The second part, I also put out a water bottle capful of dry, plain old sugar. An article stated that the ants cannot eat dry sugar (the reason for the thicker mixture above), but carry the sugar to their “home” for the immature ants to consume since they can eat dry stuff. I did see some ants in the dry, but have no idea if it worked. The adult ants are gone and I did find a few “pushing up daisies” near the wet mixture.

        2. Thanks for the ideas. I will definitely try them.
          Last year I found what I believed were termites coming out from behind door trim. I pulled off the trim and puffed in boric acid that took care of them. But this spring when I saw just a few here and there I bought spectracide and sprayed all around the cabin perimeter a few times and so far so good. But the stuff wasn’t cheap. But a lot cheaper than repairing the damage they would do if left unchecked.

  11. I’ve heard several reports of aphids mentioned:

    The last community we lived in California, I used to buy containers of ladybugs for my yard to control the aphids if present. I lived in zone 7 and the ladybugs were available at the hardware store at certain times of the year.

    I try to limit my use of pesticide within my yard as honeybee die-off is common around here. I do use Dr. Bonner Peppermint soap in solution to kill ants and remove their pheromone trail. This spray also drives away wasps and yellow jackets. 1 in 10 solution of Dr. Bonner’s soap in water inside a spray bottle. Works good on windows too.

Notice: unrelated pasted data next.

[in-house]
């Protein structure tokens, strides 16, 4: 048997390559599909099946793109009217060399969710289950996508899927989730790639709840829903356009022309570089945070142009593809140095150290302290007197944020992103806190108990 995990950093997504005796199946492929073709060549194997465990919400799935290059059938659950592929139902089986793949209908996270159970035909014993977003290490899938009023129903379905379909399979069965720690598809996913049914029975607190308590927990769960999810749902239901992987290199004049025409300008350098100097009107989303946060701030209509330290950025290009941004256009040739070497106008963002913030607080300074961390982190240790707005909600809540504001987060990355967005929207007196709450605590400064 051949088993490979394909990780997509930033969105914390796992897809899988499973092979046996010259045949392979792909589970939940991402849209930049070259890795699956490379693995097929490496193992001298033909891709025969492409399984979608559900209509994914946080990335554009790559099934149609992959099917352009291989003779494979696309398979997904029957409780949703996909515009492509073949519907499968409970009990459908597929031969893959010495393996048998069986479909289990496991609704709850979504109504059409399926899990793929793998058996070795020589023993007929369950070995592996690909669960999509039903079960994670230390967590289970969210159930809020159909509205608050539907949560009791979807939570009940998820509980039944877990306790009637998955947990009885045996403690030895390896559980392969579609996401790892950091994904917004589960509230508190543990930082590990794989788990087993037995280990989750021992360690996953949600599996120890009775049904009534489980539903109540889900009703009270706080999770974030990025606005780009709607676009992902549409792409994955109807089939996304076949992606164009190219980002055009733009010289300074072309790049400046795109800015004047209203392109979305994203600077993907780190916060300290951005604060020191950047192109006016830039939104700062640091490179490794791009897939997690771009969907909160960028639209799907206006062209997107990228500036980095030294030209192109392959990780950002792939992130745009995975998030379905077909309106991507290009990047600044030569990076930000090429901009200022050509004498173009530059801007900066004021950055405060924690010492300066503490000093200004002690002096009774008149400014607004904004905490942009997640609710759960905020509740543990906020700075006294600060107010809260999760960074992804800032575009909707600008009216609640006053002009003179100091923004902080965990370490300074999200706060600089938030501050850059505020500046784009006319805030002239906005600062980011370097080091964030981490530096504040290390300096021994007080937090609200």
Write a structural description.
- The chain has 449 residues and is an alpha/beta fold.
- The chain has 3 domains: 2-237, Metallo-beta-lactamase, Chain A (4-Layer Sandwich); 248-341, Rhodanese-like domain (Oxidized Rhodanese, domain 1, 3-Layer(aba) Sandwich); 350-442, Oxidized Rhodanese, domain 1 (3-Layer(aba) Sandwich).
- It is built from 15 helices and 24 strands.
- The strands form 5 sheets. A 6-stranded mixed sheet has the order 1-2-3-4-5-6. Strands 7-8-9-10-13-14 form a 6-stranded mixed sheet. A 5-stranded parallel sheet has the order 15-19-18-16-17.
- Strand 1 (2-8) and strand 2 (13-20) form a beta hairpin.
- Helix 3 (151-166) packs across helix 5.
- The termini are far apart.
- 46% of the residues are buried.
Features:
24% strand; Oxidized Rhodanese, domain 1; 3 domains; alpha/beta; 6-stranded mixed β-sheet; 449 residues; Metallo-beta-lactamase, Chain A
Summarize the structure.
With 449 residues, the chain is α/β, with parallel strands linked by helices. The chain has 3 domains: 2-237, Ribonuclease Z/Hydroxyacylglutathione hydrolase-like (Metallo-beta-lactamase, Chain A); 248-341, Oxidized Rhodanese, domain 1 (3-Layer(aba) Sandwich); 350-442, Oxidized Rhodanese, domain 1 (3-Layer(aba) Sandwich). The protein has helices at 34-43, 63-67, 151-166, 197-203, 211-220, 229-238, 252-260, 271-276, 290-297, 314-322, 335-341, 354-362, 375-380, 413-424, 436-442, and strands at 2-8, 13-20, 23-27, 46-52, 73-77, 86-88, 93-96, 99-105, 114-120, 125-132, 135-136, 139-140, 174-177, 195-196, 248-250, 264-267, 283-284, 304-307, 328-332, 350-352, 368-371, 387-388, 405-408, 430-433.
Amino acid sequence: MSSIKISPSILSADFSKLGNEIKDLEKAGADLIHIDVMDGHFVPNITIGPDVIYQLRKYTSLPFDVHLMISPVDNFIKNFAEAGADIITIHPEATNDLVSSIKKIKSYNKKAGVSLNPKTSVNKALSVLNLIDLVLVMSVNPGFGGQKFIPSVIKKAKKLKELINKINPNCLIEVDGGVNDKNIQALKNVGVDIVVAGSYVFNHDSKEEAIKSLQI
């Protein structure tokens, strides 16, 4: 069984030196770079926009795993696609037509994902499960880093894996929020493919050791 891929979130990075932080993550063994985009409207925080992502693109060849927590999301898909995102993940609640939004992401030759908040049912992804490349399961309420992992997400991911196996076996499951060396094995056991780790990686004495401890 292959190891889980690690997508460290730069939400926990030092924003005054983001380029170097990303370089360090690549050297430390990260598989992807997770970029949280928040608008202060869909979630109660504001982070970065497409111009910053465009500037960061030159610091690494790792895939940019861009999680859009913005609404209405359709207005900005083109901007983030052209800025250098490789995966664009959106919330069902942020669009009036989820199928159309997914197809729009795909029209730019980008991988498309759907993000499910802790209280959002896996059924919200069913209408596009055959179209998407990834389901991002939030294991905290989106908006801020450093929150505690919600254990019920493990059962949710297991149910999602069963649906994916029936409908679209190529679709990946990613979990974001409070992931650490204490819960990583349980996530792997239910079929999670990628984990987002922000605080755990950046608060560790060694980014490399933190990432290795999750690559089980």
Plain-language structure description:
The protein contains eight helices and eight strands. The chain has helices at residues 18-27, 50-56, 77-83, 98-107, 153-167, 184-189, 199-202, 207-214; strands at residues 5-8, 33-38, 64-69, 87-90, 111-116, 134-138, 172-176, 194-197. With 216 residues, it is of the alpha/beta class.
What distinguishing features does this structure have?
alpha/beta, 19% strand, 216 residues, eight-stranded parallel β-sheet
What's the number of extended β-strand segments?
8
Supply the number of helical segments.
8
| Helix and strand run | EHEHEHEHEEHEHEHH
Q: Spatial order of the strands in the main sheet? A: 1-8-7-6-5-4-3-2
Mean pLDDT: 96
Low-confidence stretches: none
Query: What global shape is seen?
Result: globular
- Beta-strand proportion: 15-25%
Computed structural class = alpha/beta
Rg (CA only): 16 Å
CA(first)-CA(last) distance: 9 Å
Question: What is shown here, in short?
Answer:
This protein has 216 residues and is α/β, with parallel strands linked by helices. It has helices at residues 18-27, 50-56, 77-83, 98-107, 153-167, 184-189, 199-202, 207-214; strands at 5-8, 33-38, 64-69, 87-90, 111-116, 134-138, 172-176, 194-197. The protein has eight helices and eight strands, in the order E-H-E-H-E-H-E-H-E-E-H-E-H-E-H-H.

1. If you buy ladybugs, make sure you have a ladybug environment so they’ll stick around. Otherwise they go where the food is.

      Adult ladybugs need flowers (nectar/pollen) as well as insects, so provide that, with water and shade. Also plants that they can lay their eggs on. You want your single purchase to give you ladybugs forever.

      1. Lauren

        for years we bought ladybugs yearly…Read all sorts of stuff on net about what to feed/home them/etc etc..

        all and still the traitors pretty much left.

        any specific advice on what has worked for you?


        1. Laugh if you want, but sacrificial plants. Plant something the aphids adore (like cabbage) close to your ladybug area. Attract aphids, attract ladybugs, and give them a reason to stick around. It seems a little counter-intuitive to attract aphids for the sole purpose of attracting ladybugs, but you want them to stay and make more ladybugs. It’s not the adults you want–it’s the larvae, which look like tiny red and black alligators. They’ll eat many times the bugs the adults eat. Ladybugs like the nectar of flat-flowered plants like carrot, dill, or yarrow because it’s easier to get to the pollen. They lay their eggs on the underside of infested plants. Ladybug eggs will usually be oval, yellow, and laid upright in a tight cluster attached to the underside of the leaf.

        2. I too have bought lady bugs and what I find is that after they eat the aphids they go searching for other food somewhere else so I like your idea.

        3. Oh, another point to remember. Ladybugs lay their eggs in the spring and early summer–you buy ladybugs after that their egglaying cycle is over and they’ll just eat what they can find and then fly away.